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NCJ Number: 143762 Find in a Library
Title: REINVENTING JUVENILE JUSTICE
Author(s): B Krisberg; J F Austin
Date Published: 1993
Page Count: 220
Sponsoring Agency: Sage Publications, Inc
Thousand Oaks, CA 91320
Publication Number: ISBN 0-8039-4829-8
Sale Source: Sage Publications, Inc
2455 Teller Road
Thousand Oaks, CA 91320
United States of America
Type: Issue Overview
Language: English
Country: United States of America
Annotation: The rise in youth violence is intimately tied to social and economic forces, the increased availability of drugs and weapons, and saturation of the media with violent messages; in view of dramatic social changes affecting juveniles, central questions have arisen as to whether the juvenile court can or should survive in the years ahead and what reforms are needed to make the juvenile justice system more responsive to youth needs.
Abstract: Observers of the juvenile court include both liberal and conservative critics. A key criticism is that the juvenile court lacks a core constituency in the political arena; legal victories achieved on behalf of children in the 1960's and 1970's have been eroded due to budgetary constraints and a less sympathetic judiciary. Further, the political debate on youth crime has been dominated by advocates of "get tough" laws, and the upsurge in violent juvenile crime will likely increase the pressure to handle more children in adult courts and correctional facilities. Following a review of the history of juvenile delinquency control and prevention in the United States and the contemporary juvenile justice system's structure and operation, the authors focus on the influence of gender and race on youth custody and on the Massachusetts experiment in juvenile corrections. The authors note that Massachusetts' approach clearly demonstrates the value of a community-based response to juvenile crime and that reforms in Massachusetts have influenced juvenile justice approaches in several other jurisdictions. They conclude that demographic, social, and economic changes will mean many more deeply troubled adolescents in the juvenile justice system. In addition, due to the enormous problems of prison and jail overcrowding in most States, juvenile corrections administrators will not be able to compete successfully for scarce public revenues to construct new facilities. With its reduced caseload of status offenders, the juvenile court has lost much of its traditional preventive mission. Moreover, the growing tendency to transfer serious juvenile offenders to the adult system has truncated the juvenile court's workload. Main juvenile justice system clients are now repeat property offenders, drug offenders, minor offenders, and individuals who have failed in child welfare placements. In view of the juvenile court's erosion, various alternatives and reforms for the future are suggested that focus on making juvenile delinquency a public health issue, implementing a developmental perspective, protecting the legal rights of adolescents, and treating the whole child. References, notes, tables, and figures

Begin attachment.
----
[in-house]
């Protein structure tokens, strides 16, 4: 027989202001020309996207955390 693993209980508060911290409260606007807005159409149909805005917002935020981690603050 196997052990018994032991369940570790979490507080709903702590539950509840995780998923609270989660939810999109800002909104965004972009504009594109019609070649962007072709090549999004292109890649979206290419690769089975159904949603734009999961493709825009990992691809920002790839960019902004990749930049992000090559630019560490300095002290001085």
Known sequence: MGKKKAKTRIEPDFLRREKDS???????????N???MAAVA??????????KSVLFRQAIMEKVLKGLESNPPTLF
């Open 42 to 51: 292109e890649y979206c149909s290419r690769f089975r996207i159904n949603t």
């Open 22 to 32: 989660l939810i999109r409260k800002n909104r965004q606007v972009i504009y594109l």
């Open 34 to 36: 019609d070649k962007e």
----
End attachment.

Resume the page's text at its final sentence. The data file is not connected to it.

Main Term(s): Juvenile courts; Juvenile justice reform
Index Term(s): Economic influences; Juvenile justice system; Juvenile offenders; Juveniles; Massachusetts; Social change; Violent juvenile offenders
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